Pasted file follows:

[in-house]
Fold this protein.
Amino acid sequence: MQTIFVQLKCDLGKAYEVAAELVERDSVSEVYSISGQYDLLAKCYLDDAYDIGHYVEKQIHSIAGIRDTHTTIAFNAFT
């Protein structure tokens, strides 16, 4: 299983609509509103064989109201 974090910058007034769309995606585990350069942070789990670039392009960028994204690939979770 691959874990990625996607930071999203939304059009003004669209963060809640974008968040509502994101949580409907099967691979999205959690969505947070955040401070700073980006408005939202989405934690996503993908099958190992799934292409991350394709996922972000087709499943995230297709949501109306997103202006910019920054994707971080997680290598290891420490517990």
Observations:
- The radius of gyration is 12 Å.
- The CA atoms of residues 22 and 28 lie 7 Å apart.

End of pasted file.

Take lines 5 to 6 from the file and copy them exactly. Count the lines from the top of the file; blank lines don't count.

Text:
Observations:
- The radius of gyration is 12 Å.